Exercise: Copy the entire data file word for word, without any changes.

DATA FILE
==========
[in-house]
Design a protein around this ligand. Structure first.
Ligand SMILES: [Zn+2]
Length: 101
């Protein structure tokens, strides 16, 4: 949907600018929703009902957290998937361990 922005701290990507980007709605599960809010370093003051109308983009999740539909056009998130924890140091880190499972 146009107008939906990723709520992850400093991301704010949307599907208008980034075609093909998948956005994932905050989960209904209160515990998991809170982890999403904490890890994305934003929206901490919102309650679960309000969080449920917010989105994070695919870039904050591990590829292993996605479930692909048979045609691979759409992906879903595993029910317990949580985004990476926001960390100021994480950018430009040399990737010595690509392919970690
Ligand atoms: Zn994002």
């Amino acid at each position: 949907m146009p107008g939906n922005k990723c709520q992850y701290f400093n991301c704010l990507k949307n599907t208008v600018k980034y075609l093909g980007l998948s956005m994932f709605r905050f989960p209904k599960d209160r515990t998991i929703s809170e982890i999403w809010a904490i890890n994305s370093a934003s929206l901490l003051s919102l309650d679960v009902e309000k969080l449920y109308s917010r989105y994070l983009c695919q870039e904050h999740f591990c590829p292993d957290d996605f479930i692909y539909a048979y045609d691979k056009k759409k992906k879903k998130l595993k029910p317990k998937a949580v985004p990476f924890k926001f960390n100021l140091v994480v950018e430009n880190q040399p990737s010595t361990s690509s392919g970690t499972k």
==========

[in-house]
Design a protein around this ligand. Structure first.
Ligand SMILES: [Zn+2]
Length: 101
């Protein structure tokens, strides 16, 4: 949907600018929703009902957290998937361990 922005701290990507980007709605599960809010370093003051109308983009999740539909056009998130924890140091880190499972 146009107008939906990723709520992850400093991301704010949307599907208008980034075609093909998948956005994932905050989960209904209160515990998991809170982890999403904490890890994305934003929206901490919102309650679960309000969080449920917010989105994070695919870039904050591990590829292993996605479930692909048979045609691979759409992906879903595993029910317990949580985004990476926001960390100021994480950018430009040399990737010595690509392919970690
Ligand atoms: Zn994002």
């Amino acid at each position: 949907m146009p107008g939906n922005k990723c709520q992850y701290f400093n991301c704010l990507k949307n599907t208008v600018k980034y075609l093909g980007l998948s956005m994932f709605r905050f989960p209904k599960d209160r515990t998991i929703s809170e982890i999403w809010a904490i890890n994305s370093a934003s929206l901490l003051s919102l309650d679960v009902e309000k969080l449920y109308s917010r989105y994070l983009c695919q870039e904050h999740f591990c590829p292993d957290d996605f479930i692909y539909a048979y045609d691979k056009k759409k992906k879903k998130l595993k029910p317990k998937a949580v985004p990476f924890k926001f960390n100021l140091v994480v950018e430009n880190q040399p990737s010595t361990s690509s392919g970690t499972k």